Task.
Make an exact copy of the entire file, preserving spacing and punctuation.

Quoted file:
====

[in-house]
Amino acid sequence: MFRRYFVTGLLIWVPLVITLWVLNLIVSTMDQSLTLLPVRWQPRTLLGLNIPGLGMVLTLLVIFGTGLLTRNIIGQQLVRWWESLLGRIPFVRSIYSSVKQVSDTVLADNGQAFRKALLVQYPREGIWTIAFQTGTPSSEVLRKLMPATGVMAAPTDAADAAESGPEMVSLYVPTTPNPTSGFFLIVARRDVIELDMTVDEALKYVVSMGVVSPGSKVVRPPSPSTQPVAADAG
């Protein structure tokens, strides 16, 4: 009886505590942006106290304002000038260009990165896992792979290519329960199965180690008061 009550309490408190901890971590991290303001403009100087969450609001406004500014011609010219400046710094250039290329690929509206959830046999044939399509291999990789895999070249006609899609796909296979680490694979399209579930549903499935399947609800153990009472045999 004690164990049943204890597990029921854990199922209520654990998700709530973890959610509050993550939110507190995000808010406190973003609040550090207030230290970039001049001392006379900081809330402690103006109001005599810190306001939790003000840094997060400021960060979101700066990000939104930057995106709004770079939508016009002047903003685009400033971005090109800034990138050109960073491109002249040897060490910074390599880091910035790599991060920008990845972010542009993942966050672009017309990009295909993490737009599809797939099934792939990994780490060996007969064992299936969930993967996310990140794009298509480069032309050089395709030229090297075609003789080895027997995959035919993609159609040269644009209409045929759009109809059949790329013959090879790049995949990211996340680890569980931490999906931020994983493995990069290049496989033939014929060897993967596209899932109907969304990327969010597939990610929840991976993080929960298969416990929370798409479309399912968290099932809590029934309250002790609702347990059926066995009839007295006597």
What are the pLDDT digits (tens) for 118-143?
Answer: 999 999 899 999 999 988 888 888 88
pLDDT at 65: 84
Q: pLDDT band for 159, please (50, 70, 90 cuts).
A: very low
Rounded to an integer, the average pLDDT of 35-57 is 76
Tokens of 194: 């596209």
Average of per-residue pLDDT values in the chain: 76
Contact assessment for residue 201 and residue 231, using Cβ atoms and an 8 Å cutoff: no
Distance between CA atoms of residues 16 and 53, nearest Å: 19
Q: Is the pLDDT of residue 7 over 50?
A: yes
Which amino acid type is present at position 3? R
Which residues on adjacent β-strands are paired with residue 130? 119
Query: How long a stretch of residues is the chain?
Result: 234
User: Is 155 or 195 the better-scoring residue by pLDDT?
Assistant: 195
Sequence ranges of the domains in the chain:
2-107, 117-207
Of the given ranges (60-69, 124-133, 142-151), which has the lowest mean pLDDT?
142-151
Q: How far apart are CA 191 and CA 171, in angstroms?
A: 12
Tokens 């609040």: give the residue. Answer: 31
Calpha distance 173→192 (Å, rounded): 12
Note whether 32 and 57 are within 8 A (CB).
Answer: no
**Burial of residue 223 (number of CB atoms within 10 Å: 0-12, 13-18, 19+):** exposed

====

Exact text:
[in-house]
Amino acid sequence: MFRRYFVTGLLIWVPLVITLWVLNLIVSTMDQSLTLLPVRWQPRTLLGLNIPGLGMVLTLLVIFGTGLLTRNIIGQQLVRWWESLLGRIPFVRSIYSSVKQVSDTVLADNGQAFRKALLVQYPREGIWTIAFQTGTPSSEVLRKLMPATGVMAAPTDAADAAESGPEMVSLYVPTTPNPTSGFFLIVARRDVIELDMTVDEALKYVVSMGVVSPGSKVVRPPSPSTQPVAADAG
């Protein structure tokens, strides 16, 4: 009886505590942006106290304002000038260009990165896992792979290519329960199965180690008061 009550309490408190901890971590991290303001403009100087969450609001406004500014011609010219400046710094250039290329690929509206959830046999044939399509291999990789895999070249006609899609796909296979680490694979399209579930549903499935399947609800153990009472045999 004690164990049943204890597990029921854990199922209520654990998700709530973890959610509050993550939110507190995000808010406190973003609040550090207030230290970039001049001392006379900081809330402690103006109001005599810190306001939790003000840094997060400021960060979101700066990000939104930057995106709004770079939508016009002047903003685009400033971005090109800034990138050109960073491109002249040897060490910074390599880091910035790599991060920008990845972010542009993942966050672009017309990009295909993490737009599809797939099934792939990994780490060996007969064992299936969930993967996310990140794009298509480069032309050089395709030229090297075609003789080895027997995959035919993609159609040269644009209409045929759009109809059949790329013959090879790049995949990211996340680890569980931490999906931020994983493995990069290049496989033939014929060897993967596209899932109907969304990327969010597939990610929840991976993080929960298969416990929370798409479309399912968290099932809590029934309250002790609702347990059926066995009839007295006597």
What are the pLDDT digits (tens) for 118-143?
Answer: 999 999 899 999 999 988 888 888 88
pLDDT at 65: 84
Q: pLDDT band for 159, please (50, 70, 90 cuts).
A: very low
Rounded to an integer, the average pLDDT of 35-57 is 76
Tokens of 194: 């596209």
Average of per-residue pLDDT values in the chain: 76
Contact assessment for residue 201 and residue 231, using Cβ atoms and an 8 Å cutoff: no
Distance between CA atoms of residues 16 and 53, nearest Å: 19
Q: Is the pLDDT of residue 7 over 50?
A: yes
Which amino acid type is present at position 3? R
Which residues on adjacent β-strands are paired with residue 130? 119
Query: How long a stretch of residues is the chain?
Result: 234
User: Is 155 or 195 the better-scoring residue by pLDDT?
Assistant: 195
Sequence ranges of the domains in the chain:
2-107, 117-207
Of the given ranges (60-69, 124-133, 142-151), which has the lowest mean pLDDT?
142-151
Q: How far apart are CA 191 and CA 171, in angstroms?
A: 12
Tokens 């609040």: give the residue. Answer: 31
Calpha distance 173→192 (Å, rounded): 12
Note whether 32 and 57 are within 8 A (CB).
Answer: no
**Burial of residue 223 (number of CB atoms within 10 Å: 0-12, 13-18, 19+):** exposed